Palestinians charge Israel with decrease in electricity flow, say sets 'dangerous precedent'

Arab Electricity Company head acknowledges that his company has not paid all its debts to the Israel Electricity Company.

By
March 31, 2016 15:05
1 minute read.
A power station is seen in Ashdod

A power station is seen in Ashdod. (photo credit: REUTERS)

 
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The Israel Electric Corporation decreased the flow of electricity to Jericho and the Jordan Valley to one-third of its normal flow on Thursday, according to Hisham al-Omari, director-general of the Arab Electricity Company in east Jerusalem.

The “illegal” move set a “dangerous precedent” and resulted in power outages in the entire area, Omari said.

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The Israel Electricity Company did not warn the Palestinians in advance, he added.

Sources in the energy sector told The Jerusalem Post that the supply of electricity to Jericho had only been halved, from 15 megawatts to 7.5 MW, as of Thursday morning due to an unpaid debt of around NIS 1.72 billion to the IEC.

Much of this debt can be ascribed to the Jerusalem District Electricity Company, which oversees the provision of power not only for Jericho, but also for Bethlehem, Ramallah and parts of east Jerusalem. A smaller portion of the debt is owed by the Palestinian Authority.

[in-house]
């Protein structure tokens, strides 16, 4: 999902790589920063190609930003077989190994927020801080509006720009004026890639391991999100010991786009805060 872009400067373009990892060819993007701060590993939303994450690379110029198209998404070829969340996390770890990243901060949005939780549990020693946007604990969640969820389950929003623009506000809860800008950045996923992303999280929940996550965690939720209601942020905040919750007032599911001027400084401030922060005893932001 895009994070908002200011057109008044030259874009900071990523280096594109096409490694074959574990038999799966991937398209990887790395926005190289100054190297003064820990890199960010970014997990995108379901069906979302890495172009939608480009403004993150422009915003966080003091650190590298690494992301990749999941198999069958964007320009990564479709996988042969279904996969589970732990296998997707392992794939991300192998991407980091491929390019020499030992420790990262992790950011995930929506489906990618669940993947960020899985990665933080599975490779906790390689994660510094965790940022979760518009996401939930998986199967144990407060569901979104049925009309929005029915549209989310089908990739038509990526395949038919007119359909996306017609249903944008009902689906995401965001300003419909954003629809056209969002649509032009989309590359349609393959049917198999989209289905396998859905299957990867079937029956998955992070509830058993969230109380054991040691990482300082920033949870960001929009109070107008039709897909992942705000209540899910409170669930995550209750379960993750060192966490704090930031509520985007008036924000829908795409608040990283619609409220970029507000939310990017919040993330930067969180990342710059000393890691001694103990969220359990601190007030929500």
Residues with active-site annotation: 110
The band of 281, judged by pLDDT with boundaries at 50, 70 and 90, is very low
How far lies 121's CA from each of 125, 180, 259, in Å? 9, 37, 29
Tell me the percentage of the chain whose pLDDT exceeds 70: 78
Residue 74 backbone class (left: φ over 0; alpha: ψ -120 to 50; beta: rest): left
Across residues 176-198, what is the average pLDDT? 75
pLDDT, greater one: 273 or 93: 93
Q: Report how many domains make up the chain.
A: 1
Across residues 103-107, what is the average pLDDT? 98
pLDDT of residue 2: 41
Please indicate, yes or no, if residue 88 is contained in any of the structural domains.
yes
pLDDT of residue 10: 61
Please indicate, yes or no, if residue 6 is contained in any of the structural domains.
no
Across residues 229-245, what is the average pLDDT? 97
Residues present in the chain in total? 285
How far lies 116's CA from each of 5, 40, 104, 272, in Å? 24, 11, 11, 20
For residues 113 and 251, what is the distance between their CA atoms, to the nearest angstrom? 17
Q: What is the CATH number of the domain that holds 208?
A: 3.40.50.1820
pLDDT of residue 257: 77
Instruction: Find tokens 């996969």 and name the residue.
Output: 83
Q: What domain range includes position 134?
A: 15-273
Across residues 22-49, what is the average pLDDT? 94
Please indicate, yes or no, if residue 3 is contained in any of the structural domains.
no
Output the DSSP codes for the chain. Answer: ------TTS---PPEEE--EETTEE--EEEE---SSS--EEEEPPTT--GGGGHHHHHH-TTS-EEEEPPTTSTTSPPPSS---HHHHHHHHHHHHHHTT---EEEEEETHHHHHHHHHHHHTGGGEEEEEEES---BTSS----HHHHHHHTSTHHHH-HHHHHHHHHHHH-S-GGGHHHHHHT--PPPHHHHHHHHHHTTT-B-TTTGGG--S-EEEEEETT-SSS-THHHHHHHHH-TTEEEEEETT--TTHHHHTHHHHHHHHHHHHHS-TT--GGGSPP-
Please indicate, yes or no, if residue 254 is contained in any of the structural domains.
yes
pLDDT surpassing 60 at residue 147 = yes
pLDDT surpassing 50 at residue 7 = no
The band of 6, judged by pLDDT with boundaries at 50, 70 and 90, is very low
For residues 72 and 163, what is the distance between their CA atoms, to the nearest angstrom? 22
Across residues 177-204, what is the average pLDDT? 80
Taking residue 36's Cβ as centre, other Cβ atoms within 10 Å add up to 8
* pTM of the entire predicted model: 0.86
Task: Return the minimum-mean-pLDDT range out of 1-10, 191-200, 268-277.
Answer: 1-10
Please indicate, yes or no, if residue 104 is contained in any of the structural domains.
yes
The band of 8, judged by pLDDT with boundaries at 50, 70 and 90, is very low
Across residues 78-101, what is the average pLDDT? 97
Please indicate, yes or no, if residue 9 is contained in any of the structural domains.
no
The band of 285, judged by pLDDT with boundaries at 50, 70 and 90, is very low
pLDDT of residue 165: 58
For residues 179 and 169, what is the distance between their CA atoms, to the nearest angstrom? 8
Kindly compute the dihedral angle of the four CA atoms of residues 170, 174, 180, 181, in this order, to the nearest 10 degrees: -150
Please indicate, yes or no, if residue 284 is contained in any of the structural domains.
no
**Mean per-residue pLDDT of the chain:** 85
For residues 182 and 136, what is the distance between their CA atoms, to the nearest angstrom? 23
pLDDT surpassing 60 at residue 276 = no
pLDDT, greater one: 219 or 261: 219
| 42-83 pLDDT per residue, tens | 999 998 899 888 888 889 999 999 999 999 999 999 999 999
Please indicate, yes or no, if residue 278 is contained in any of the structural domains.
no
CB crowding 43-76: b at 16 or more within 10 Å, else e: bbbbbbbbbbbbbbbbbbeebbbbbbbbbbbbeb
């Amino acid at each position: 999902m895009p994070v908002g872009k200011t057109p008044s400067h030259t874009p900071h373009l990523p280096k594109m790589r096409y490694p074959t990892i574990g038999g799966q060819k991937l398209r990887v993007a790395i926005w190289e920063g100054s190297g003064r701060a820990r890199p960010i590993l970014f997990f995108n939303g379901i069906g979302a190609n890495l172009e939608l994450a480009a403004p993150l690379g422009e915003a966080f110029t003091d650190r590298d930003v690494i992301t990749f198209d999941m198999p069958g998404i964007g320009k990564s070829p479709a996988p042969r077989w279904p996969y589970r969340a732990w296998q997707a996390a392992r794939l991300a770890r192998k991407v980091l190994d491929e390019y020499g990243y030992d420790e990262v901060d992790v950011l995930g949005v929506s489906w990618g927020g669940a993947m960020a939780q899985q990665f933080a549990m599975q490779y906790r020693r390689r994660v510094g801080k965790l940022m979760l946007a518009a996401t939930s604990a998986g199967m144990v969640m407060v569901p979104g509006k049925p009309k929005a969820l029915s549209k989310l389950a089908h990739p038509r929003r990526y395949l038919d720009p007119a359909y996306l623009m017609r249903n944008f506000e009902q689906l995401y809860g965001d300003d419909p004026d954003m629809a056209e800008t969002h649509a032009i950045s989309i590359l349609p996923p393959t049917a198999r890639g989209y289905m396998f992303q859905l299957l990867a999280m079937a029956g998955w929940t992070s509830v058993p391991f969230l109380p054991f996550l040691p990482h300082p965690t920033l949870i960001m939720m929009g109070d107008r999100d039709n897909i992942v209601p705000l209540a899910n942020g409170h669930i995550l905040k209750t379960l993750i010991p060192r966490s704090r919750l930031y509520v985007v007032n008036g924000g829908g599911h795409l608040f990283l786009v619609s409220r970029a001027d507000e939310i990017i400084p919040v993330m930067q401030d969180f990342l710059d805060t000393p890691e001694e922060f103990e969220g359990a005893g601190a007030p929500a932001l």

The sources said that the debt had worsened in recent years despite several negotiation attempts by the IEC to resolve it with the respective officials.

Omari acknowledged that his company had not paid all its debts to the IEC. He attributed this to late payments by customers and the “increased phenomenon of electricity theft” in the West Bank. He complained that such theft had caused tremendous damage to the network’s infrastructure, severely affecting its ability to provide its clients with various services.

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He said the company had urged the PA to clamp down on those who steal electricity, but to no avail, and also expressed a fear that electricity reductions would be initiated against other Palestinian communities falling under the jurisdiction of the company.

Attempts by PA police to collect debts in some refugee camps and villages have resulted in violence, threats and intimidation against the policemen and employees of the Arab Electricity Company.

Omari renewed his appeal to Palestinians to pay their debts to the company and stop “all forms of electricity theft.” He also appealed to various institutions, including hospitals, to prepare emergency generators in case the IEC reduced the flow of electricity to their areas.

The Office of the Coordinator of Government Activities in the Territories could not be reached for comment.

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